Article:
The employment scene may be tough for a good chunk of the Canadian population, but most of us are still not willing to pull up roots, even if it means certain employment.
According to research by Ipsos Reid conducted for the Canadian Employee Relocation Council, just 10 percent of Canadians would relocate for work.
The survey asked more than 2,000 Canadians whether they’d move either within their provinces or to other parts of the country to accept a job offer. A third of them conceded that they could be persuaded for the right job and sweet enough enticements.
The incentive most often singled out by those respondents who said they would consider moving was a 20 percent pay hike, an employer’s offer to pay for all moving expenses (the average cost to relocate a homeowner within Canada is $53,500) and a guarantee that they could return to their current role after two years. Spousal job-finding assistance also ranked high among desirable inducements.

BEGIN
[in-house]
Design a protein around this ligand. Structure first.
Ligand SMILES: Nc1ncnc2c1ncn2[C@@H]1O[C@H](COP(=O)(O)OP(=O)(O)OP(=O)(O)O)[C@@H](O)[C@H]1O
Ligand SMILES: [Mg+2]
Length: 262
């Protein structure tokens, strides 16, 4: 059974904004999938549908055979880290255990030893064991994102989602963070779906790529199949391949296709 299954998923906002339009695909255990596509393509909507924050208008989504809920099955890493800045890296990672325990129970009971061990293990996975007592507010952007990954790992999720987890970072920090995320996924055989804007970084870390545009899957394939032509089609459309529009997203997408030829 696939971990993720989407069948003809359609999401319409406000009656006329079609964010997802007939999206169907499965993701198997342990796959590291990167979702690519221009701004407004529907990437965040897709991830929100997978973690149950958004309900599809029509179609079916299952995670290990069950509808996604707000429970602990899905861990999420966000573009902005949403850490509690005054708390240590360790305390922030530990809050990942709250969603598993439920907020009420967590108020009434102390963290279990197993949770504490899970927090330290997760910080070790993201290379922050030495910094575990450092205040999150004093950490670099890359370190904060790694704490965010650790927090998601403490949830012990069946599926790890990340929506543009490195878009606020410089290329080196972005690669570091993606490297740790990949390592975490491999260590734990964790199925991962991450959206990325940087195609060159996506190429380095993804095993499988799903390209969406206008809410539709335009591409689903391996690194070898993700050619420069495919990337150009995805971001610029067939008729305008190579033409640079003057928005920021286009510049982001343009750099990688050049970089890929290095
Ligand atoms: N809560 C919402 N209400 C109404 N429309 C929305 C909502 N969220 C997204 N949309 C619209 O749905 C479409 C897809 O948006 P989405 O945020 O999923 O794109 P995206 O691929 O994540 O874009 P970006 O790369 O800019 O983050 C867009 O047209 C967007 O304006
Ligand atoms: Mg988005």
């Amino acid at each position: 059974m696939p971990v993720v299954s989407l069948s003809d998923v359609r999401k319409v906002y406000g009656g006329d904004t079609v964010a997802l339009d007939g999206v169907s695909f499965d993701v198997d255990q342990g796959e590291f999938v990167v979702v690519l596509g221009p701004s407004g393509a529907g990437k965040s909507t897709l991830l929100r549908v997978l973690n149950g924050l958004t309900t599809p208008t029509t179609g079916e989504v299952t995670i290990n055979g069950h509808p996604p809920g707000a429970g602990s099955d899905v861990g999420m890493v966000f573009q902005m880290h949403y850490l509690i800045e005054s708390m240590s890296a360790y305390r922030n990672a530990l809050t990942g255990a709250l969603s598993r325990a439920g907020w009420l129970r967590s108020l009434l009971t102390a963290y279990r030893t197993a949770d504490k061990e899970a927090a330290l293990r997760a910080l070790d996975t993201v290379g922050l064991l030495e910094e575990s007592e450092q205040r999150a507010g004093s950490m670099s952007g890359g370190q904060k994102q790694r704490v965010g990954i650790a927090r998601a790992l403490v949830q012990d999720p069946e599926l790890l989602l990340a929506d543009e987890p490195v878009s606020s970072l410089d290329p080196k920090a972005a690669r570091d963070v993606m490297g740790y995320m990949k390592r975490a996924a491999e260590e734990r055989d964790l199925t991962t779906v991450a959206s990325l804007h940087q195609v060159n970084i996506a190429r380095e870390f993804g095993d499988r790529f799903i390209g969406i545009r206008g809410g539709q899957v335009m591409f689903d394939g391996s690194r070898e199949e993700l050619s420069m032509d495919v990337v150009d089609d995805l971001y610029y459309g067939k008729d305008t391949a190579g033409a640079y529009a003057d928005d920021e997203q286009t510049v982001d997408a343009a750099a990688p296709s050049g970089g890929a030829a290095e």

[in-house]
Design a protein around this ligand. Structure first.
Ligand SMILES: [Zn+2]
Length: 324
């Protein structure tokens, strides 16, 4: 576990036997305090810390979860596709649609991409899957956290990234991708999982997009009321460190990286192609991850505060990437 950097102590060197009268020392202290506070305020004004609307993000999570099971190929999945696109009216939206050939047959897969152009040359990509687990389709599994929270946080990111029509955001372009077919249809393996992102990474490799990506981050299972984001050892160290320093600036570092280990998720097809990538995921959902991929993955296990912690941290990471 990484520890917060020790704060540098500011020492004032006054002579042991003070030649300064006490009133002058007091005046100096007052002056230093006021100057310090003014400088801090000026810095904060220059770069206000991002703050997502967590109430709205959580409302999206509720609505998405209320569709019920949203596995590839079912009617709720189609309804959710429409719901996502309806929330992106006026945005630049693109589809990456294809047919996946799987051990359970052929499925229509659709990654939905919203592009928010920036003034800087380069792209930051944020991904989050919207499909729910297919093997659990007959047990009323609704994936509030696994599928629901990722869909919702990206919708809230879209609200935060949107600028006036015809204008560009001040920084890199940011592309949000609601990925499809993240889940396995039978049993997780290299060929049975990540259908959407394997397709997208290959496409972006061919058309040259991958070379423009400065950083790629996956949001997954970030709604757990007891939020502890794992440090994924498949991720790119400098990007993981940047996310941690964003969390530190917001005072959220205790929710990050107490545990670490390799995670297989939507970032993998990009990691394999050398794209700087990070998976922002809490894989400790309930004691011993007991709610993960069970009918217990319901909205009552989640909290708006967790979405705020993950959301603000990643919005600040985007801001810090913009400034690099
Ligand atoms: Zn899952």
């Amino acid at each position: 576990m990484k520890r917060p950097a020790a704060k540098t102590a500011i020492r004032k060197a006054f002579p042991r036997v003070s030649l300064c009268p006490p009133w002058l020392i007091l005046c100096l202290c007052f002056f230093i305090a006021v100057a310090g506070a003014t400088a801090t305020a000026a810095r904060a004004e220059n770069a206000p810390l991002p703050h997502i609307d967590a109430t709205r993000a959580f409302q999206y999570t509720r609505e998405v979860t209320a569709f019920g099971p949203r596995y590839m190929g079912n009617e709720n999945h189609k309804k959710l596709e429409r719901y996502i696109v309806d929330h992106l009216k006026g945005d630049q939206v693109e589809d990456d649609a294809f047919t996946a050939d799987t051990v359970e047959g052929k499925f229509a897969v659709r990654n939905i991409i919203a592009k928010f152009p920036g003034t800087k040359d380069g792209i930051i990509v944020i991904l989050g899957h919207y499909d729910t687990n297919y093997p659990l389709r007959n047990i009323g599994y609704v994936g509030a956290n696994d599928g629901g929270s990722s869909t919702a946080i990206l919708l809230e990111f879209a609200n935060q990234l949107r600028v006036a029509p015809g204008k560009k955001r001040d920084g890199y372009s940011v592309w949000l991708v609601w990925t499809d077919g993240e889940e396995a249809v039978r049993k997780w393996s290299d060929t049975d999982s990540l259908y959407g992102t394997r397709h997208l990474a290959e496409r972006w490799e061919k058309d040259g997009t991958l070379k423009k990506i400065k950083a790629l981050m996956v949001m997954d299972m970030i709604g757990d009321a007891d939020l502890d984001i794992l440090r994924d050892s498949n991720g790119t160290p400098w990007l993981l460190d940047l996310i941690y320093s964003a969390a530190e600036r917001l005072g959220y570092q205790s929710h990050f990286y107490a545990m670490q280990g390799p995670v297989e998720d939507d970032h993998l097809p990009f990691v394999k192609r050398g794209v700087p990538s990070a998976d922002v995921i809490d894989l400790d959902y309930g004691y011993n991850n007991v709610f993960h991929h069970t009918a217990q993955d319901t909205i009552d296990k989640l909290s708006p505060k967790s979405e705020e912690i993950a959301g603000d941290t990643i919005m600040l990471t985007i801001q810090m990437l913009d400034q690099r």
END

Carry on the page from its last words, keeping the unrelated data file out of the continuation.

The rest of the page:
It’s a different scene than in the United States where, after years of staying put, the percentage of workers who moved house for work climbed 35 percent in 2013 over the year prior. According to research from outplacement firm Challenger, Gray & Christmas, about 13 percent of Americans who got a new job in 2013 relocated to take it, up from 9.8 percent in 2012.
The Canadian Employee Relocation Council, a non-profit organization that represents employers and employment relocation services, identifies the “typical” relocating employee as male, aged 28-40.
In commentary released with its research, Council president and CEO Stephen Cryne called the Canadian findings “troubling” and said they go some distance in explaining why some businesses face the staffing challenges they do.
The study, he says, underscores the need for a more enthusiastic promotion of the benefits of labour mobility in this country.
The upshot of this research is an interesting one: it might explain corporate Canada’s recent preoccupation with temporary foreign workers.